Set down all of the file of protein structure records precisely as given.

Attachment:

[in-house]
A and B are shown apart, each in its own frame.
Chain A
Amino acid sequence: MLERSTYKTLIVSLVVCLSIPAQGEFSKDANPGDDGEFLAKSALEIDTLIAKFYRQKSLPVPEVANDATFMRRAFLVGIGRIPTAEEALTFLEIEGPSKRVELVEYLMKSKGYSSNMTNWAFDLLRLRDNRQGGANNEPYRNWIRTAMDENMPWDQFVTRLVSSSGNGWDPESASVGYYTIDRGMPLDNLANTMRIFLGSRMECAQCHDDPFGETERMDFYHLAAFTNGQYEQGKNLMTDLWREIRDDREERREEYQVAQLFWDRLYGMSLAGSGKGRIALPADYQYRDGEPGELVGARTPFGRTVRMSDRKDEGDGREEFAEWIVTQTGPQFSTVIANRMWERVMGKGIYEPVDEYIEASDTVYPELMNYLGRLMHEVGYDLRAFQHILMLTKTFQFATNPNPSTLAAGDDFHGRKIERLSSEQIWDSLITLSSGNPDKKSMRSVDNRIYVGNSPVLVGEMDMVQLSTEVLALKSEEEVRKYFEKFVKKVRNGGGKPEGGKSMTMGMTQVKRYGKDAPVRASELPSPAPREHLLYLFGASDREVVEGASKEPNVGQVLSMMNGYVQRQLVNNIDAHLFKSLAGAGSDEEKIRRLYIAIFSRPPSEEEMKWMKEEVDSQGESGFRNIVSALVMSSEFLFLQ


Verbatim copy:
[in-house]
A and B are shown apart, each in its own frame.
Chain A
Amino acid sequence: MLERSTYKTLIVSLVVCLSIPAQGEFSKDANPGDDGEFLAKSALEIDTLIAKFYRQKSLPVPEVANDATFMRRAFLVGIGRIPTAEEALTFLEIEGPSKRVELVEYLMKSKGYSSNMTNWAFDLLRLRDNRQGGANNEPYRNWIRTAMDENMPWDQFVTRLVSSSGNGWDPESASVGYYTIDRGMPLDNLANTMRIFLGSRMECAQCHDDPFGETERMDFYHLAAFTNGQYEQGKNLMTDLWREIRDDREERREEYQVAQLFWDRLYGMSLAGSGKGRIALPADYQYRDGEPGELVGARTPFGRTVRMSDRKDEGDGREEFAEWIVTQTGPQFSTVIANRMWERVMGKGIYEPVDEYIEASDTVYPELMNYLGRLMHEVGYDLRAFQHILMLTKTFQFATNPNPSTLAAGDDFHGRKIERLSSEQIWDSLITLSSGNPDKKSMRSVDNRIYVGNSPVLVGEMDMVQLSTEVLALKSEEEVRKYFEKFVKKVRNGGGKPEGGKSMTMGMTQVKRYGKDAPVRASELPSPAPREHLLYLFGASDREVVEGASKEPNVGQVLSMMNGYVQRQLVNNIDAHLFKSLAGAGSDEEKIRRLYIAIFSRPPSEEEMKWMKEEVDSQGESGFRNIVSALVMSSEFLFLQ